Helping the Homeless

I attended a presentation the other day by two representatives of Portico Interfaith Housing Collaborative, a group dedicated to ending homelessness in the Twin Cities. In addition to operating emergency shelters, they work hard at providing affordable housing alternatives for homeless and lower income persons.

Adele, the member of Christ the King’s Sowers of Justice group who introduced the speakers, began with a story that is worth sharing. She spoke of hearing a pastor who had long been involved in work on behalf of affordable housing explaining why he did what he did. He explained that his family had had a long tradition of visiting shelters on Christmas Eve, bringing gifts for the people staying there. They did this year after year, and doing so gave them all a good feeling. He continued the tradition into his adult life.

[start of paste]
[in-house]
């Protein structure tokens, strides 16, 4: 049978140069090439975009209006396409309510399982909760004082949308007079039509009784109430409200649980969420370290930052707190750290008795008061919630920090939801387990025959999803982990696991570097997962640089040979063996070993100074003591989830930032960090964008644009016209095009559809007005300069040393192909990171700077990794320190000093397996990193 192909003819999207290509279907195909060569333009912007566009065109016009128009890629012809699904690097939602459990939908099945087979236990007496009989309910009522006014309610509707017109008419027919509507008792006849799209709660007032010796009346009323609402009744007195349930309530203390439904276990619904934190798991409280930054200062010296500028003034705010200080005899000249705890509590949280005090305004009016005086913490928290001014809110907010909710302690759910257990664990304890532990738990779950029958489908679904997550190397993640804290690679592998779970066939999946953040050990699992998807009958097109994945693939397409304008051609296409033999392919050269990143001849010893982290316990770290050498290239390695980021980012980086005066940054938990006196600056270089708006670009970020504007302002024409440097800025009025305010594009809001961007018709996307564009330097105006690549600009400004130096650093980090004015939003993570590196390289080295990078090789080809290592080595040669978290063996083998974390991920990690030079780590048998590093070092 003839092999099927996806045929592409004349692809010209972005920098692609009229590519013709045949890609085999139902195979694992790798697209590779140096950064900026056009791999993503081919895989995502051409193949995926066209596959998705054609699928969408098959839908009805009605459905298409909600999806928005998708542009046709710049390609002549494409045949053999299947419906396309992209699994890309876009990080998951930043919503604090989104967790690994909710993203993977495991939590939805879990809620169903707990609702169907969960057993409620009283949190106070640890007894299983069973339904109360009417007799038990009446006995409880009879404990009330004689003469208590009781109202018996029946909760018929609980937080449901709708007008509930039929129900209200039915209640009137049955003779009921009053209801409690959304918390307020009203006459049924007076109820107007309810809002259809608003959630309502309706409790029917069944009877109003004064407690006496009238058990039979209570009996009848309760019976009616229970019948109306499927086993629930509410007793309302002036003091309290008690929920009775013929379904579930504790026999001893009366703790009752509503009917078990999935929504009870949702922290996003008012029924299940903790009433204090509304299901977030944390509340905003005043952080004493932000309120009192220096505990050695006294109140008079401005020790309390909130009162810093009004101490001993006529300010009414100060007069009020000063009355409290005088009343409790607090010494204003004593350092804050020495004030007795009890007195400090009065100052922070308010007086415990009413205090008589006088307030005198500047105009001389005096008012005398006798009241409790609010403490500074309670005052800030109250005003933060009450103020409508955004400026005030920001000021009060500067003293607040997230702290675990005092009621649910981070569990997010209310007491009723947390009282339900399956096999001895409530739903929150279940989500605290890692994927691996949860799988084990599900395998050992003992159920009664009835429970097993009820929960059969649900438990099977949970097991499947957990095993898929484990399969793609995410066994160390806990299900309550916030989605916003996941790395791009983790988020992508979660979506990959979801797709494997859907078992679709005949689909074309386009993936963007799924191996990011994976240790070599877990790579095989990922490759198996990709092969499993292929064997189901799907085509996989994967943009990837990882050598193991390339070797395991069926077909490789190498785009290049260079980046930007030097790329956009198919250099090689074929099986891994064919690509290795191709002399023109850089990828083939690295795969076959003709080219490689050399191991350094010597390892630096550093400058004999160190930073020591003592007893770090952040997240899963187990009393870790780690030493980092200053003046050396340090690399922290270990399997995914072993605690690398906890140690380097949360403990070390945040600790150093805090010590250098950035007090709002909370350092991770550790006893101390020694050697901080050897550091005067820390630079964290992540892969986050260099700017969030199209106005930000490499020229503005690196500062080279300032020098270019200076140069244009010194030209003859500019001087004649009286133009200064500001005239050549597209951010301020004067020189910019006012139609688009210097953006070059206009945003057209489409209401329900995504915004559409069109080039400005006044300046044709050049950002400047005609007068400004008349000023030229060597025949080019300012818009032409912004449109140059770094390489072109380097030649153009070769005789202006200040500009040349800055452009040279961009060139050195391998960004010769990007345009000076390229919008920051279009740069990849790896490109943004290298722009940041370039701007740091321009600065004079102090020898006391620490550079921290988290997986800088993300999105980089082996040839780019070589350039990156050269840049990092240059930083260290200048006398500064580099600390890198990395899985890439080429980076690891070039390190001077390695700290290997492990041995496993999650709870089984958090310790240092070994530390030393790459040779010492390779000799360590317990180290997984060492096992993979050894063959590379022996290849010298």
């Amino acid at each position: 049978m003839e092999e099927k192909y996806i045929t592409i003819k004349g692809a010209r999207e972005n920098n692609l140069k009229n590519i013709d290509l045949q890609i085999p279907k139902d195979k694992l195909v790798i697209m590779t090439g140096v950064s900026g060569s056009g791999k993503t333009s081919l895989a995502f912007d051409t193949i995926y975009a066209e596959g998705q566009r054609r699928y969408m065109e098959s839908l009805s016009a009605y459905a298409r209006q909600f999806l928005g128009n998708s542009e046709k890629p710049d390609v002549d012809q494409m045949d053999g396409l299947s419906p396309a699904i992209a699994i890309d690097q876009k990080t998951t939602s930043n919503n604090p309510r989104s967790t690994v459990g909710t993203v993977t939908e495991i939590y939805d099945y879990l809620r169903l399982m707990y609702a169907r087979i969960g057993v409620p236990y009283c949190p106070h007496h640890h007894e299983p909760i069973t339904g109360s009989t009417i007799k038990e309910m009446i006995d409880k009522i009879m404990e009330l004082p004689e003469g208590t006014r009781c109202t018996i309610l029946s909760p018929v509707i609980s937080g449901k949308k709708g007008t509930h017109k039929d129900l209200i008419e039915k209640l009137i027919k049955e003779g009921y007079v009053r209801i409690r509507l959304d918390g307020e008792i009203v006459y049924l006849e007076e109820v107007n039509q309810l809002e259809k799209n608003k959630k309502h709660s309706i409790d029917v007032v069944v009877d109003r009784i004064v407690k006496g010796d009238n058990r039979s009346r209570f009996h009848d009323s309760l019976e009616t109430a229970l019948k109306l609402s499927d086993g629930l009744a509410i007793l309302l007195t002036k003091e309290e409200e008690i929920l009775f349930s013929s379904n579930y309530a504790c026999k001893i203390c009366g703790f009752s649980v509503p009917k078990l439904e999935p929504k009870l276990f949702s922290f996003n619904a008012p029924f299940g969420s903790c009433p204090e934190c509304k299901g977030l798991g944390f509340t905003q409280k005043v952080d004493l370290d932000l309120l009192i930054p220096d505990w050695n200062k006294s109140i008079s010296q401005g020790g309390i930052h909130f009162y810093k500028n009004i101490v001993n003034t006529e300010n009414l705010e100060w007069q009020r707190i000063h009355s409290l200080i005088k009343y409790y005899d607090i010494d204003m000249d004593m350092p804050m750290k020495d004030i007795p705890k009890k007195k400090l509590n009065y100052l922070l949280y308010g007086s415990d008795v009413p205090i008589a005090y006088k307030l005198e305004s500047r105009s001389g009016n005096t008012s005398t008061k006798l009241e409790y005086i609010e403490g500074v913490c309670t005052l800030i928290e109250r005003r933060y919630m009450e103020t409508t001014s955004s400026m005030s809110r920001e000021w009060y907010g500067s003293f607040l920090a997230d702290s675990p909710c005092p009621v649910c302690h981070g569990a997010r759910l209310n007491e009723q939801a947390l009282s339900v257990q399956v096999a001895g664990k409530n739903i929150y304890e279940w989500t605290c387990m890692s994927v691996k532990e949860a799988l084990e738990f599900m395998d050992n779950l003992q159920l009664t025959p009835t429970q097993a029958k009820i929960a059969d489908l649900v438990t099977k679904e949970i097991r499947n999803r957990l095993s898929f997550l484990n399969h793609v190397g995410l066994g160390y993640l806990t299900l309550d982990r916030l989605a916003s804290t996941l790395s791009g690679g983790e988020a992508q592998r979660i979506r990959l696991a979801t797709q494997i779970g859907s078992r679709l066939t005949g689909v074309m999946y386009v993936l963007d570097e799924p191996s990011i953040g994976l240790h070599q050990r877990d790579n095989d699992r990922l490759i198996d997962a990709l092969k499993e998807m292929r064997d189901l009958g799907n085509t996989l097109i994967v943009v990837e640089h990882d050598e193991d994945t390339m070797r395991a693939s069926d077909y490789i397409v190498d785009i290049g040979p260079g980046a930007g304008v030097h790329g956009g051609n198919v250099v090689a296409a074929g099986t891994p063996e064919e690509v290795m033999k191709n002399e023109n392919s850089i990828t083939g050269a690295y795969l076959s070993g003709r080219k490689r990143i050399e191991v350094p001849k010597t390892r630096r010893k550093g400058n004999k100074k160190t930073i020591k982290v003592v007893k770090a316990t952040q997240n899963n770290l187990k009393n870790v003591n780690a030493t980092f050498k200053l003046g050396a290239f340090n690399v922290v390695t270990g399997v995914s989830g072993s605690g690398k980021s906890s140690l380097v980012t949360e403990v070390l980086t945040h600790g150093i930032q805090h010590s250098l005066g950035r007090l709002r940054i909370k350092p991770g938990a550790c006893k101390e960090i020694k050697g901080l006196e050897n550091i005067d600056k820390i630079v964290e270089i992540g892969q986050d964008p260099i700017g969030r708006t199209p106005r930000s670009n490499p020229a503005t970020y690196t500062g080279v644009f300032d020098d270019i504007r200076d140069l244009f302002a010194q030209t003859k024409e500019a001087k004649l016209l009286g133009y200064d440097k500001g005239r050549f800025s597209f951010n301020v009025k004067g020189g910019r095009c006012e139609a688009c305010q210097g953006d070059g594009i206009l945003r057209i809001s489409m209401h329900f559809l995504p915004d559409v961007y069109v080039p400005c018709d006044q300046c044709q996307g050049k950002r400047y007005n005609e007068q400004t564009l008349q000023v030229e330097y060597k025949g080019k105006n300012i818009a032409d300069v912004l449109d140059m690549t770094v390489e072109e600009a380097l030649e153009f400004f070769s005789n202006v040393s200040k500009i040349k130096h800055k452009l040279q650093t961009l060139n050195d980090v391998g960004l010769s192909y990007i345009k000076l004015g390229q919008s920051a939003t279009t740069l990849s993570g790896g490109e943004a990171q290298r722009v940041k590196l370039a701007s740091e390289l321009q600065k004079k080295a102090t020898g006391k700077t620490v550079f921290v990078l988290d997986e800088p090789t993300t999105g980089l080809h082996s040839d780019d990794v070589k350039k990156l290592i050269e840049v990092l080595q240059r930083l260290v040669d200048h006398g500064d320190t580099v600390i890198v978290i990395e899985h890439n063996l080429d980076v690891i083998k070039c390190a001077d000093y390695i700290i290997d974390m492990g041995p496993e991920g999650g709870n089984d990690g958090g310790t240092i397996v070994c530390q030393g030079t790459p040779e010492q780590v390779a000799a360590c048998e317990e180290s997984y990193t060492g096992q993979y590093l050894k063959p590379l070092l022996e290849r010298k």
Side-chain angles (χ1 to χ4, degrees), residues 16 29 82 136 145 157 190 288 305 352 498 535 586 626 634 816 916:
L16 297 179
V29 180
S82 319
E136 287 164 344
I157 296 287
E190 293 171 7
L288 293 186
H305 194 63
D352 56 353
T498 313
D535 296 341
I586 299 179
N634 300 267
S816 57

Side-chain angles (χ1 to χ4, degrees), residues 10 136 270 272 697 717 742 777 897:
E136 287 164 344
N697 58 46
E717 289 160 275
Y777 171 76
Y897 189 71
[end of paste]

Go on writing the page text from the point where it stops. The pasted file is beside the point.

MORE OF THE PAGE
One year, however, he had a conversation with one of the woman at the shelter. She thanked him for the gifts, but then said, “It is well and good that you bring gifts here on Christmas Eve. But please remember that tomorrow morning, you will wake up in your warm bed, and I will still be homeless. And I will be homeless the day after that. And the day after that. I don’t need you to bring me Christmas gifts. What I need is for you to help me find some place that I can afford to live with my children. A home where I can raise my kids in a stable environment.” That conversation spurred him to realize he needed to do more than he had been doing.

Charity is important, and I certainly don’t want to discourage efforts to provide gifts and other forms of charitable donations to those who need. But charity alone is not enough. We need to do more than feed and provide temporary shelter to the homeless; we need to find a way to find them homes, to help them have some stability in their lives. We desperately need to find ways to promote affordable housing initiatives if we are to care adequately for the least among us.

Portico has some great projects. If you are in the Twin Cities and are not familiar with them, check out their website linked above. If you are elsewhere, check out what initiatives there may be in your area.